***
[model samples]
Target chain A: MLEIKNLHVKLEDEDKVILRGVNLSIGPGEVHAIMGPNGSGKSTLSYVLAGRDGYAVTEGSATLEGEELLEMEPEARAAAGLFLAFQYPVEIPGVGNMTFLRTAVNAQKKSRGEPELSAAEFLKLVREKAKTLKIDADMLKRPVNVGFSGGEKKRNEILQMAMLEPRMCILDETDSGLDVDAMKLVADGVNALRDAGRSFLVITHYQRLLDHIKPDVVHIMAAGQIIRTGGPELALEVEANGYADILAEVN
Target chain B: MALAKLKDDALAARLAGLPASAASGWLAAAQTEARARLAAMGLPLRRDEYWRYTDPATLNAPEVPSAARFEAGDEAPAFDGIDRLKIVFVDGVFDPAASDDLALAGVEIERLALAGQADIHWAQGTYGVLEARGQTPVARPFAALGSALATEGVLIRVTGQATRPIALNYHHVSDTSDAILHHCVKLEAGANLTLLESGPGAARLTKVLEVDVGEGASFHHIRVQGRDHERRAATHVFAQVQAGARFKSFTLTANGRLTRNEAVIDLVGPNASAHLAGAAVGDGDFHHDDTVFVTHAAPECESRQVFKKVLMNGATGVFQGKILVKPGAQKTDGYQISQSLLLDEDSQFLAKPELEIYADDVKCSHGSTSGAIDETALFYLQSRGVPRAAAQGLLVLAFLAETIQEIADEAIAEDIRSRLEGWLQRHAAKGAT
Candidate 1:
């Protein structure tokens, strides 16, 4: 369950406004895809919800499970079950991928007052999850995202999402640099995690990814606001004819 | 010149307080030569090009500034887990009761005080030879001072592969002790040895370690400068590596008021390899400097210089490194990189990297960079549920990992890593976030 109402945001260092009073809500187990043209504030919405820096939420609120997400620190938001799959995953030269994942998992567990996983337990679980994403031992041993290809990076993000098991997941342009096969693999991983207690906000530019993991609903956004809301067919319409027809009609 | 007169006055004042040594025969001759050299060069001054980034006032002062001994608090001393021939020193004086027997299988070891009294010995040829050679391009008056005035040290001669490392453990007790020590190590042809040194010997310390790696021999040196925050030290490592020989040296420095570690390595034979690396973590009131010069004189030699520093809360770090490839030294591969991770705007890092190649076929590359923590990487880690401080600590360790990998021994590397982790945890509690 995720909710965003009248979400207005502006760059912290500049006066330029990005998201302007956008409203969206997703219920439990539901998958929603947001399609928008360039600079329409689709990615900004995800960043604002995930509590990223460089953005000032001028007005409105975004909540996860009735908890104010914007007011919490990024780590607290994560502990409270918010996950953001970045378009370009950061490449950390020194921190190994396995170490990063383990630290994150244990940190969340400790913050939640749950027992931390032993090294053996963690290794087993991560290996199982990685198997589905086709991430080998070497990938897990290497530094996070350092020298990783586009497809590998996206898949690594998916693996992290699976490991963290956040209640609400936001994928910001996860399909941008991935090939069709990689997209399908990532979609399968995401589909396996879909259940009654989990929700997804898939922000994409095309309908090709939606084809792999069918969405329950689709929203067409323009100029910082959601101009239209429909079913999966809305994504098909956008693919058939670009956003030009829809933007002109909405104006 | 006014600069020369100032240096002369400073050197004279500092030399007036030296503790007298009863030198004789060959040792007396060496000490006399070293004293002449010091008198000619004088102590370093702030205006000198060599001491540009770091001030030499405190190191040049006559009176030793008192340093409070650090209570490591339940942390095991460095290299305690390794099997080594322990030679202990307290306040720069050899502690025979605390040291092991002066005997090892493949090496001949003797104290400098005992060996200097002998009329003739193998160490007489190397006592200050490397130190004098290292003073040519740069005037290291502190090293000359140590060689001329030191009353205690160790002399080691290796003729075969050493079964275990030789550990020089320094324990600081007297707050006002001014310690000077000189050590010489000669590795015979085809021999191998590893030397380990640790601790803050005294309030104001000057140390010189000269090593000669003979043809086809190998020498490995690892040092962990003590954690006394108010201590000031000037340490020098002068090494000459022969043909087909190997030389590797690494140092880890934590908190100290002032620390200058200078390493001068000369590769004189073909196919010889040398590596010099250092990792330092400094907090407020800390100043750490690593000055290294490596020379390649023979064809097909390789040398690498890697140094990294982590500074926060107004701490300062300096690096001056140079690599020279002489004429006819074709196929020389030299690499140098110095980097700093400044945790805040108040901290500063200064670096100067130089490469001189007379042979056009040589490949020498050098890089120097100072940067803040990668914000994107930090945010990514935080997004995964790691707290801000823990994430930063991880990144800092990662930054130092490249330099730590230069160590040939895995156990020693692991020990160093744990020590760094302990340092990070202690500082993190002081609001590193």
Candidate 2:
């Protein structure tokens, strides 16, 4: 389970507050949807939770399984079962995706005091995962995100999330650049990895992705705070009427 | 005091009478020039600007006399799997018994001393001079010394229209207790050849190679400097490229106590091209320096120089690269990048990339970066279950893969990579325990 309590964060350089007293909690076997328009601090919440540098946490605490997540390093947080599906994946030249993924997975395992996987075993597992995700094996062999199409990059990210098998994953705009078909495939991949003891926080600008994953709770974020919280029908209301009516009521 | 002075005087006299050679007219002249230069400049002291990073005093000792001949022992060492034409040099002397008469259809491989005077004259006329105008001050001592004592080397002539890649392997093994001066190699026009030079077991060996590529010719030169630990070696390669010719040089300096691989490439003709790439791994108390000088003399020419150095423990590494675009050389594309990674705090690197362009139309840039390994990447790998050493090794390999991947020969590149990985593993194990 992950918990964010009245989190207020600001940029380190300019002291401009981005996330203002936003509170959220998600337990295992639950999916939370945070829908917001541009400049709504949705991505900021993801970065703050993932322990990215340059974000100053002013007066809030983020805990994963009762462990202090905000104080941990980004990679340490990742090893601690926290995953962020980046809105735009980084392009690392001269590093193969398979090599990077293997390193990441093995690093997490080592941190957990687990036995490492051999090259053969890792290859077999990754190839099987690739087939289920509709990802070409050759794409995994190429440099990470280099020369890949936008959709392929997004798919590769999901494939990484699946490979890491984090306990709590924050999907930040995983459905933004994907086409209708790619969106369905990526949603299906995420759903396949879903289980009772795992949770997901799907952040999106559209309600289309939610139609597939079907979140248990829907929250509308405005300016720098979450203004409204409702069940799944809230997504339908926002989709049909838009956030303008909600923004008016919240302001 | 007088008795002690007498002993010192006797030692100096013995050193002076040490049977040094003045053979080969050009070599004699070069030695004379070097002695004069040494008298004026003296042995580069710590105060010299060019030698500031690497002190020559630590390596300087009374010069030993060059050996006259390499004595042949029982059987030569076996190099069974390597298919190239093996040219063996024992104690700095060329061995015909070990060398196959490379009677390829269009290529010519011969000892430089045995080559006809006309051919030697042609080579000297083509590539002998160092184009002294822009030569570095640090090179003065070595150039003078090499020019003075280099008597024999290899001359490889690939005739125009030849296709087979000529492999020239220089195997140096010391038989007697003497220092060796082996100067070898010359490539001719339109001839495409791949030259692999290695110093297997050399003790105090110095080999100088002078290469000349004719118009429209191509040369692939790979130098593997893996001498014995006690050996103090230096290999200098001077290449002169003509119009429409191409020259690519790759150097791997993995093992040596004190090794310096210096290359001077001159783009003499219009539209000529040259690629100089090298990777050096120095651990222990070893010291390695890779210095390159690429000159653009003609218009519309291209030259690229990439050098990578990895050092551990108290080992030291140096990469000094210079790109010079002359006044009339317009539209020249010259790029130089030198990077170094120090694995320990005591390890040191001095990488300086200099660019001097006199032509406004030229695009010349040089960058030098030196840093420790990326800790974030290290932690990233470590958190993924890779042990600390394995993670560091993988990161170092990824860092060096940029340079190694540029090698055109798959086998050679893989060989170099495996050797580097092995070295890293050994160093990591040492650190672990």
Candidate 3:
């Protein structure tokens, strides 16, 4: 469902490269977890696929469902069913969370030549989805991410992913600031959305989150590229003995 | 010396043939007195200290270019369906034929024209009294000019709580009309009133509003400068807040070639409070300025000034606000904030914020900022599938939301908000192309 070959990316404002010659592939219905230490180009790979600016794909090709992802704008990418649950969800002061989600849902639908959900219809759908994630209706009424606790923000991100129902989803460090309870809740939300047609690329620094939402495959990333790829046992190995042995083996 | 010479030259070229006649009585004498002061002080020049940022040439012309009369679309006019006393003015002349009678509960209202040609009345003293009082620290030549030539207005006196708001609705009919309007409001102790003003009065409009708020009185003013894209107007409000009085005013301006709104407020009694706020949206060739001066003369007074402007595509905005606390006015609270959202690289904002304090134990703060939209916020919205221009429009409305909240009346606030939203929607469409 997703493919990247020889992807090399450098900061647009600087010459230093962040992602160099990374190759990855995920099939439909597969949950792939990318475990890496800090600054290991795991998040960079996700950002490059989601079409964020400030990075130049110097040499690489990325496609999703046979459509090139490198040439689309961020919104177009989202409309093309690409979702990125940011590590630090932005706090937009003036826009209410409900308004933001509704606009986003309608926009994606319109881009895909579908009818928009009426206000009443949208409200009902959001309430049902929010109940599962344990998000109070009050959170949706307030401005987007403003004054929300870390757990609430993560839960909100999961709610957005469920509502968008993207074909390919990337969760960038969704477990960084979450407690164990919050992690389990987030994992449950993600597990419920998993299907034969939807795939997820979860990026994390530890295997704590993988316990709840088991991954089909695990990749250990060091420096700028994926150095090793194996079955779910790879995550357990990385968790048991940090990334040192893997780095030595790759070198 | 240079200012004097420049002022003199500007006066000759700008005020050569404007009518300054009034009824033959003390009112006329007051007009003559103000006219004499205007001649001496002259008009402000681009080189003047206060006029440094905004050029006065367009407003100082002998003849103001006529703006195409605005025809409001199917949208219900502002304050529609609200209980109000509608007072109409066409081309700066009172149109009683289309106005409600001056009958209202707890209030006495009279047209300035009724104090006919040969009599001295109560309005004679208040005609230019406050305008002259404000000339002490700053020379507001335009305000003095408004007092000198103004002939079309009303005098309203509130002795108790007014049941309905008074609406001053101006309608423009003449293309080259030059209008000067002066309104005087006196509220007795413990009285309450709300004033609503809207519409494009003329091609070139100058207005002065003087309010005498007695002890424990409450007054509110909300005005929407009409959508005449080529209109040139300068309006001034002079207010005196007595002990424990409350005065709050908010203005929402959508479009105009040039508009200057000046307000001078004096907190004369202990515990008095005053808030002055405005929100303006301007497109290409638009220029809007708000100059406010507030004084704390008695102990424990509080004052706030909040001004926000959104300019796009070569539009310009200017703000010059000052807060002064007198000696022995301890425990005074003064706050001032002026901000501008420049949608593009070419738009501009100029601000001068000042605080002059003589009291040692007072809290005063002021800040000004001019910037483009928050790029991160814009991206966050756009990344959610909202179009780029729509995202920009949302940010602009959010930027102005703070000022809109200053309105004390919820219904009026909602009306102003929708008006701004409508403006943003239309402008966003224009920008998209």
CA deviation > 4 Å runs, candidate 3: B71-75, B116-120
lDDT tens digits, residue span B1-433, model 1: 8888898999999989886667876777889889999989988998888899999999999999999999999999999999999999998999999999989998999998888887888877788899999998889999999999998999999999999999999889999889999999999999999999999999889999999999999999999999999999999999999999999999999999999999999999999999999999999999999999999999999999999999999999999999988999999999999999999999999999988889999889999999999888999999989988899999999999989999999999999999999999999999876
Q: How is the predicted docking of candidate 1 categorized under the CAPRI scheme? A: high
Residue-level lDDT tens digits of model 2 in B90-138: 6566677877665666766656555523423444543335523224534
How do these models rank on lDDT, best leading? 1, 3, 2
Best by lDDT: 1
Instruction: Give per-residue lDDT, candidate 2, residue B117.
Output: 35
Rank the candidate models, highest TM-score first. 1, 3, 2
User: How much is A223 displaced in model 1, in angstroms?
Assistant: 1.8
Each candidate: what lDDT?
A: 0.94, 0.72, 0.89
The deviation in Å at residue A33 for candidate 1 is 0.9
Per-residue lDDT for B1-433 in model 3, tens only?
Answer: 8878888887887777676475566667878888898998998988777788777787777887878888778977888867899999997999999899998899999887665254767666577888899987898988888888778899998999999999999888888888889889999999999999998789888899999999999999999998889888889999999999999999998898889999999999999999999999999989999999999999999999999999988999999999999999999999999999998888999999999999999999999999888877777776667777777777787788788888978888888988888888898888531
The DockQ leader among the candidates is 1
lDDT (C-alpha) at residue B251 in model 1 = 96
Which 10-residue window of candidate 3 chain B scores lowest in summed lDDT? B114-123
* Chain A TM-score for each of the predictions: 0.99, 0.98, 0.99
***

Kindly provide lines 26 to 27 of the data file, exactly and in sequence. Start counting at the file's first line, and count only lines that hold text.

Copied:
The DockQ leader among the candidates is 1
lDDT (C-alpha) at residue B251 in model 1 = 96